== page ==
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M.Com Previous Year Solved Papers: Organisational Behaviour' 2009 (August - Incomplete)

2009 (August)
Paper: 102
Full Marks: 80
Time: 3 hours
1. (a) In what respect the system approach to organisation is superior to the traditional approach.  16

Ans: The systems approach focuses on understanding the organisation as an open system that transforms inputs into outputs. The systems approach began to have a strong impact on management thought in the 1960s as a way of thinking about managing techniques that would allow managers to relate different specialties and parts of the company to one another, as well as to external environmental factors. The systems approach focuses on the organisation as a whole, its interaction with the environment, and its need to achieve equilibrium.
In simple words, a system may be defined as a set a interrelated and interdependent parts forming an organized unit or entity. These parts are known as sub-systems which interact with each other and are subject to change. They are interrelated as well as interdependent. Hence, changes in any sub-system lead to changes in others. Any working organisation may be said to have three sub-systems as follows:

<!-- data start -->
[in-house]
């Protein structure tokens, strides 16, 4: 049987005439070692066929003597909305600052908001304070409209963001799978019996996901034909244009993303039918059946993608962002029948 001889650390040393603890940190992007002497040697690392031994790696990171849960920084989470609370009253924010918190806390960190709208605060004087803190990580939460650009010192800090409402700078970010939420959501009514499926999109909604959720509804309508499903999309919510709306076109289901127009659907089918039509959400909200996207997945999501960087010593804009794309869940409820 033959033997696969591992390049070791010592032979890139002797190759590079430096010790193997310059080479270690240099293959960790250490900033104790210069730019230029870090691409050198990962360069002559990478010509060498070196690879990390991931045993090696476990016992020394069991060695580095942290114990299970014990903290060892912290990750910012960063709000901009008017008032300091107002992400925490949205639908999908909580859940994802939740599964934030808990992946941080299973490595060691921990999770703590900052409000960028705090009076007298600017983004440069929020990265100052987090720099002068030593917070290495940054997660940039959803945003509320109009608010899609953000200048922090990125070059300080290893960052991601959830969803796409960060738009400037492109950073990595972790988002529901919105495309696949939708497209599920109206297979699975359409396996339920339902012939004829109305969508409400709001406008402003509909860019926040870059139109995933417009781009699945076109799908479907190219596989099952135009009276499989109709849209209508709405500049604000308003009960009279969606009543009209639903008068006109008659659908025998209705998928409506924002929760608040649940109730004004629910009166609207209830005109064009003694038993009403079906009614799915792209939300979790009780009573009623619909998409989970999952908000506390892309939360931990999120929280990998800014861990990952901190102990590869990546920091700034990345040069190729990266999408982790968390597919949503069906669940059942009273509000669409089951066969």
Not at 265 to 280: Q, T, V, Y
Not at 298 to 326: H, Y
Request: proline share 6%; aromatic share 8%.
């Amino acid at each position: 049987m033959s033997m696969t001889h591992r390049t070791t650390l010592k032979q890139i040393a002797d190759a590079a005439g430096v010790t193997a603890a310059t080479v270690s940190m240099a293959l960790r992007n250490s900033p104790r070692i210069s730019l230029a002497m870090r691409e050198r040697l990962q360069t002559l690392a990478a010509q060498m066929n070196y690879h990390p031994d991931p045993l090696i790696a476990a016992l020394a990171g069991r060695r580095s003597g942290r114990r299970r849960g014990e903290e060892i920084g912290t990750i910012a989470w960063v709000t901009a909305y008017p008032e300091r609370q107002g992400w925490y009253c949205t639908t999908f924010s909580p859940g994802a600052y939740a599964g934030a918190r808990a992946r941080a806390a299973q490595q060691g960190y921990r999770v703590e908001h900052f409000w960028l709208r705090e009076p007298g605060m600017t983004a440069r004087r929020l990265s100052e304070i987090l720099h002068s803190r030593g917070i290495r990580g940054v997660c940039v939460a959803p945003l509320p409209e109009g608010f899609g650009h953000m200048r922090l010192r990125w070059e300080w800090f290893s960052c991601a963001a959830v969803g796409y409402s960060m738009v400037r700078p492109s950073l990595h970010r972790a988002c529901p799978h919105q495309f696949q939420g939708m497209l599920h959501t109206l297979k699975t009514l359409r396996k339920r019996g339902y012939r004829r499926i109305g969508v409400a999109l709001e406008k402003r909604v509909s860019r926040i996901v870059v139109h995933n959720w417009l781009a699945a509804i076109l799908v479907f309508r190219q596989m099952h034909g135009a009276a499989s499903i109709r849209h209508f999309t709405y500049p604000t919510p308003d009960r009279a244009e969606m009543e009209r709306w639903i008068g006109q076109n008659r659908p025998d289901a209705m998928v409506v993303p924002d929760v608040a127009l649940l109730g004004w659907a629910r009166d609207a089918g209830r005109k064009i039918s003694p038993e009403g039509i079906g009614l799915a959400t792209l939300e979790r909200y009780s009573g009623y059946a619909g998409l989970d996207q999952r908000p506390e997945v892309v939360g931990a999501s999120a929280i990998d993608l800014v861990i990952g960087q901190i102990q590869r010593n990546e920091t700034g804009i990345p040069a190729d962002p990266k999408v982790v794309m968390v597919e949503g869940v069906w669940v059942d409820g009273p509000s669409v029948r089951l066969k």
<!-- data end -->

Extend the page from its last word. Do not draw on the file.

System approach is superior to Traditional Method
A common drawback of the classical, behavioural and quantitative schools is that they weigh down one characteristic of the organisation at the expense of others. While the classical approach emphasizes the ‘task’ and ‘structure’, the behavioural approach emphasizes ‘people’ and the quantitative approach emphasizes ‘mathematical' decision making’.
The whole system faces functional inability in the absence of proper knowledge of the respective parts. Every part bears a relation of interdependence to every other part. In other words, rather than individually dealing with the various parts of one organisation, the systems approach aims to give enables the manager to perceive the organisation as a whole.
The employees of the research and development, manufacturing or the marketing division of a company, should perceive the company en bloc since the activities of either part of the company influence the activities of other parts.
If the business has managed to grow beyond the start-up stage, it will certainly demand new things you may not provide. Hence, there will surely come a time, when you distance yourself from the chain of command, put a management team in command and, as per requirements bring in external consultants for assisting in development of the systems approach, necessary for ensuring the company is in good shape in the long run.